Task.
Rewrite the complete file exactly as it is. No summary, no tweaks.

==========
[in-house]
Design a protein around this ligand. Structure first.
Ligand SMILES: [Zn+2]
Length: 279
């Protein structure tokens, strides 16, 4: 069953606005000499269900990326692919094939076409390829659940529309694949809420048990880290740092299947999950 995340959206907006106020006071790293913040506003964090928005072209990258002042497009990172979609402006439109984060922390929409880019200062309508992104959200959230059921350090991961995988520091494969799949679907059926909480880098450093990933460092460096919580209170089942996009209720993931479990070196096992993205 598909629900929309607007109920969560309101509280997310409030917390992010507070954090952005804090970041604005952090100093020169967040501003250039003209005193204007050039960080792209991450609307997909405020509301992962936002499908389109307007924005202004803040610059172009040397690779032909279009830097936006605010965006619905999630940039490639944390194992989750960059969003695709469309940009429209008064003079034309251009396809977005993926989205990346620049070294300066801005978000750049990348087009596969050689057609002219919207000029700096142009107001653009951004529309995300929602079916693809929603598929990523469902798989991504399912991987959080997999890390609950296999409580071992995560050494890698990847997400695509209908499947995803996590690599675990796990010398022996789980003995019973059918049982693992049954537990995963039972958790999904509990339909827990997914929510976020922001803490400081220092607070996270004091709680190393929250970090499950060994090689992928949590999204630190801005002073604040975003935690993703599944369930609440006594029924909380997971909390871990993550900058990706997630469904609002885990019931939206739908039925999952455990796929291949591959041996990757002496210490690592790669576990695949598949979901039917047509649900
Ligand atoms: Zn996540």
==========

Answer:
[in-house]
Design a protein around this ligand. Structure first.
Ligand SMILES: [Zn+2]
Length: 279
């Protein structure tokens, strides 16, 4: 069953606005000499269900990326692919094939076409390829659940529309694949809420048990880290740092299947999950 995340959206907006106020006071790293913040506003964090928005072209990258002042497009990172979609402006439109984060922390929409880019200062309508992104959200959230059921350090991961995988520091494969799949679907059926909480880098450093990933460092460096919580209170089942996009209720993931479990070196096992993205 598909629900929309607007109920969560309101509280997310409030917390992010507070954090952005804090970041604005952090100093020169967040501003250039003209005193204007050039960080792209991450609307997909405020509301992962936002499908389109307007924005202004803040610059172009040397690779032909279009830097936006605010965006619905999630940039490639944390194992989750960059969003695709469309940009429209008064003079034309251009396809977005993926989205990346620049070294300066801005978000750049990348087009596969050689057609002219919207000029700096142009107001653009951004529309995300929602079916693809929603598929990523469902798989991504399912991987959080997999890390609950296999409580071992995560050494890698990847997400695509209908499947995803996590690599675990796990010398022996789980003995019973059918049982693992049954537990995963039972958790999904509990339909827990997914929510976020922001803490400081220092607070996270004091709680190393929250970090499950060994090689992928949590999204630190801005002073604040975003935690993703599944369930609440006594029924909380997971909390871990993550900058990706997630469904609002885990019931939206739908039925999952455990796929291949591959041996990757002496210490690592790669576990695949598949979901039917047509649900
Ligand atoms: Zn996540």